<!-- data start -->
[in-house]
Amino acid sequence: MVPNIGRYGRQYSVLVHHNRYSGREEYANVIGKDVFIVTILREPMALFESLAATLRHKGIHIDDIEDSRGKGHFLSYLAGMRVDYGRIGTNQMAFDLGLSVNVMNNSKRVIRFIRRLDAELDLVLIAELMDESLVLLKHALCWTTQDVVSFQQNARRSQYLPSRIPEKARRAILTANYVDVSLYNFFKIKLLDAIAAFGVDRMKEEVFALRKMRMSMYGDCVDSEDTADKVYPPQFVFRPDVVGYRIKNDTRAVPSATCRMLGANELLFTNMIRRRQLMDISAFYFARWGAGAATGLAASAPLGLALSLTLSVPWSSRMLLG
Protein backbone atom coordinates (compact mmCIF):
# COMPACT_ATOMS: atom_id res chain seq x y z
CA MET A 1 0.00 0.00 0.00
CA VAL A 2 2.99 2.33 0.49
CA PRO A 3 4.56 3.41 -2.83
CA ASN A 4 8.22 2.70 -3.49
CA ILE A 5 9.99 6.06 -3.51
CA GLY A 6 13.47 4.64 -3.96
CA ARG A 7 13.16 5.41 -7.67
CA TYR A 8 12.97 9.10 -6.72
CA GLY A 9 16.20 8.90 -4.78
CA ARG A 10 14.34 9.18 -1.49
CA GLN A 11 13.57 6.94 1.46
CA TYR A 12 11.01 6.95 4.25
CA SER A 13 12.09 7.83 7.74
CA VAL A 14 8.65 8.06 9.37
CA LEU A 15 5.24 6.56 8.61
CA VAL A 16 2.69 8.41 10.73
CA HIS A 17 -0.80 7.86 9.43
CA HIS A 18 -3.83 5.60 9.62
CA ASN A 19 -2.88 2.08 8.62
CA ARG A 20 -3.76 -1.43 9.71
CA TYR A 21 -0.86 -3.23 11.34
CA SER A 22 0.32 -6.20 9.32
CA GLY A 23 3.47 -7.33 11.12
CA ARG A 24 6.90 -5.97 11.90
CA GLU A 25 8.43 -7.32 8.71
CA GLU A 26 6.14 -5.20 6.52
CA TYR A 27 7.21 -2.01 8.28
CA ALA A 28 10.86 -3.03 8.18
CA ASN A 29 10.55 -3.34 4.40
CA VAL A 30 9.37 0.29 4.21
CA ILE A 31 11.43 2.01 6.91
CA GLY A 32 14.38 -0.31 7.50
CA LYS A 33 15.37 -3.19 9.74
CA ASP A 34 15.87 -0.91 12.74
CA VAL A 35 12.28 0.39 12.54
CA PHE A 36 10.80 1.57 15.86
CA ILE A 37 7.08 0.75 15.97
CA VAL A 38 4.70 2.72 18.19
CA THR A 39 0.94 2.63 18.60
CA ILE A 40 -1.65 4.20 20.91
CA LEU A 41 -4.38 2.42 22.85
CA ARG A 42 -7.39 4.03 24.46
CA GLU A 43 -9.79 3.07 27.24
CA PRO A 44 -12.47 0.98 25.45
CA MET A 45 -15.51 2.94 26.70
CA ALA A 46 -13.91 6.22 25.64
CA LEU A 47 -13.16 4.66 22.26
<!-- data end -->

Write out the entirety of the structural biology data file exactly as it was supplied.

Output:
[in-house]
Amino acid sequence: MVPNIGRYGRQYSVLVHHNRYSGREEYANVIGKDVFIVTILREPMALFESLAATLRHKGIHIDDIEDSRGKGHFLSYLAGMRVDYGRIGTNQMAFDLGLSVNVMNNSKRVIRFIRRLDAELDLVLIAELMDESLVLLKHALCWTTQDVVSFQQNARRSQYLPSRIPEKARRAILTANYVDVSLYNFFKIKLLDAIAAFGVDRMKEEVFALRKMRMSMYGDCVDSEDTADKVYPPQFVFRPDVVGYRIKNDTRAVPSATCRMLGANELLFTNMIRRRQLMDISAFYFARWGAGAATGLAASAPLGLALSLTLSVPWSSRMLLG
Protein backbone atom coordinates (compact mmCIF):
# COMPACT_ATOMS: atom_id res chain seq x y z
CA MET A 1 0.00 0.00 0.00
CA VAL A 2 2.99 2.33 0.49
CA PRO A 3 4.56 3.41 -2.83
CA ASN A 4 8.22 2.70 -3.49
CA ILE A 5 9.99 6.06 -3.51
CA GLY A 6 13.47 4.64 -3.96
CA ARG A 7 13.16 5.41 -7.67
CA TYR A 8 12.97 9.10 -6.72
CA GLY A 9 16.20 8.90 -4.78
CA ARG A 10 14.34 9.18 -1.49
CA GLN A 11 13.57 6.94 1.46
CA TYR A 12 11.01 6.95 4.25
CA SER A 13 12.09 7.83 7.74
CA VAL A 14 8.65 8.06 9.37
CA LEU A 15 5.24 6.56 8.61
CA VAL A 16 2.69 8.41 10.73
CA HIS A 17 -0.80 7.86 9.43
CA HIS A 18 -3.83 5.60 9.62
CA ASN A 19 -2.88 2.08 8.62
CA ARG A 20 -3.76 -1.43 9.71
CA TYR A 21 -0.86 -3.23 11.34
CA SER A 22 0.32 -6.20 9.32
CA GLY A 23 3.47 -7.33 11.12
CA ARG A 24 6.90 -5.97 11.90
CA GLU A 25 8.43 -7.32 8.71
CA GLU A 26 6.14 -5.20 6.52
CA TYR A 27 7.21 -2.01 8.28
CA ALA A 28 10.86 -3.03 8.18
CA ASN A 29 10.55 -3.34 4.40
CA VAL A 30 9.37 0.29 4.21
CA ILE A 31 11.43 2.01 6.91
CA GLY A 32 14.38 -0.31 7.50
CA LYS A 33 15.37 -3.19 9.74
CA ASP A 34 15.87 -0.91 12.74
CA VAL A 35 12.28 0.39 12.54
CA PHE A 36 10.80 1.57 15.86
CA ILE A 37 7.08 0.75 15.97
CA VAL A 38 4.70 2.72 18.19
CA THR A 39 0.94 2.63 18.60
CA ILE A 40 -1.65 4.20 20.91
CA LEU A 41 -4.38 2.42 22.85
CA ARG A 42 -7.39 4.03 24.46
CA GLU A 43 -9.79 3.07 27.24
CA PRO A 44 -12.47 0.98 25.45
CA MET A 45 -15.51 2.94 26.70
CA ALA A 46 -13.91 6.22 25.64
CA LEU A 47 -13.16 4.66 22.26